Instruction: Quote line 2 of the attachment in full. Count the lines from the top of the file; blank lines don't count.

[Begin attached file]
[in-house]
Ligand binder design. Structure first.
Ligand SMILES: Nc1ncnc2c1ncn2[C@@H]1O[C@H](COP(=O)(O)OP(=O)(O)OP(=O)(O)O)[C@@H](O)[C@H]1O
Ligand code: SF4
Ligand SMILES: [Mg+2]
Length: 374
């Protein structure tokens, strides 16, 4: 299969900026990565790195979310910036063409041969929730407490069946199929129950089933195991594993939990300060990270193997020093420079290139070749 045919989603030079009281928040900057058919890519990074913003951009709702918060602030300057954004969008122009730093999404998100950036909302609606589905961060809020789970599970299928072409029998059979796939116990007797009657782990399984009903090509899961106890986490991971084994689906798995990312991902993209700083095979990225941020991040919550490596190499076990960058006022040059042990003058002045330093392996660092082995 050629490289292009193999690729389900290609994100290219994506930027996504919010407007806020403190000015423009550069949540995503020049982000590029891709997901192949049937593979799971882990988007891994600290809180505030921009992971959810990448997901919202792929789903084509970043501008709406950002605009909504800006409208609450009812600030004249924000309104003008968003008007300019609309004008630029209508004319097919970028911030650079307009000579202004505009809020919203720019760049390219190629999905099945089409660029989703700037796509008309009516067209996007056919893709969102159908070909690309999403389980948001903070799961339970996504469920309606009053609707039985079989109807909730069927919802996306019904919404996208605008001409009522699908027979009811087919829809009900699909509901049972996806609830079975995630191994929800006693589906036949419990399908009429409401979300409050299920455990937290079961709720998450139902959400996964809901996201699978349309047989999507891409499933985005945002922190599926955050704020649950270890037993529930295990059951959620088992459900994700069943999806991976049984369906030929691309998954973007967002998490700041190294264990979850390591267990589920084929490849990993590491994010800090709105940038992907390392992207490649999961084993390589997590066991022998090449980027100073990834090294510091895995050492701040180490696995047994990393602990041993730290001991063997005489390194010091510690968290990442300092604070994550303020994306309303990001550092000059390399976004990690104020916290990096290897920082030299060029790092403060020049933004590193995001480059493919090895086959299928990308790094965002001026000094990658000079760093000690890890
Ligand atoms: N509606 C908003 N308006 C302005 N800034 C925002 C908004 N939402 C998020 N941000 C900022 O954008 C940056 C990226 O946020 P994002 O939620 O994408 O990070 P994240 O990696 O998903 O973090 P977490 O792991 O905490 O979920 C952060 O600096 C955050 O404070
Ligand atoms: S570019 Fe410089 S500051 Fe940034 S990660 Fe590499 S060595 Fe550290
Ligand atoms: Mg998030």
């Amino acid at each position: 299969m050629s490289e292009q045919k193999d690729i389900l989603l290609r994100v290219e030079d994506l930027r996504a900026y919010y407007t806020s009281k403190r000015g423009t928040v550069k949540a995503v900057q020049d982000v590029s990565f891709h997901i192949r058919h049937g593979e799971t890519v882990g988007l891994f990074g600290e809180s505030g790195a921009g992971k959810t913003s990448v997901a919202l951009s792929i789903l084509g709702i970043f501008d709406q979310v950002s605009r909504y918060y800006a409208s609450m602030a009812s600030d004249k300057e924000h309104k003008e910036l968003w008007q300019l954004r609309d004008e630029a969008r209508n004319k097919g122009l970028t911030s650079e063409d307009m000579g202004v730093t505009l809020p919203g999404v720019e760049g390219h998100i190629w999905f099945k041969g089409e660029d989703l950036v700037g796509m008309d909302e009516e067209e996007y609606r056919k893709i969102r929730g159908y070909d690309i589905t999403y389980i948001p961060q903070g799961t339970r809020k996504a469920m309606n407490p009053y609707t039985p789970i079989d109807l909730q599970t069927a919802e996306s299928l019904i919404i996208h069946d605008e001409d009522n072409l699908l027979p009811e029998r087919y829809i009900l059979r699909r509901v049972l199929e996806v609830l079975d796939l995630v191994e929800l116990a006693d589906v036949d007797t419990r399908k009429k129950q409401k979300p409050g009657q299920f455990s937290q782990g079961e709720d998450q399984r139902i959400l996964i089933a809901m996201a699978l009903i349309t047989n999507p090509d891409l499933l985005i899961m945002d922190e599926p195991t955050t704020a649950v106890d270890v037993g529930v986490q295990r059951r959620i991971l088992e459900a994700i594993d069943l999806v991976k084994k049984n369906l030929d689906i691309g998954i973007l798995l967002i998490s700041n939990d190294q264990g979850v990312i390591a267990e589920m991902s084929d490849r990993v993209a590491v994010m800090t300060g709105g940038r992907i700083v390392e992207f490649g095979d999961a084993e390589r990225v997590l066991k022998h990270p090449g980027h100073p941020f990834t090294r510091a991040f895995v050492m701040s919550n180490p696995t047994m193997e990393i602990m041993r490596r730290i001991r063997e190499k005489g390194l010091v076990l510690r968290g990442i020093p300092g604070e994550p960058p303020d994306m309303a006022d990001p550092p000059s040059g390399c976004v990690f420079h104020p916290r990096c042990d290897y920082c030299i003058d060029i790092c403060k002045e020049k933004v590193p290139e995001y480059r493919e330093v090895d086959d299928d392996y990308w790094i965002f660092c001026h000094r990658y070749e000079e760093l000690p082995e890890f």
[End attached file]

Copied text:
Ligand binder design. Structure first.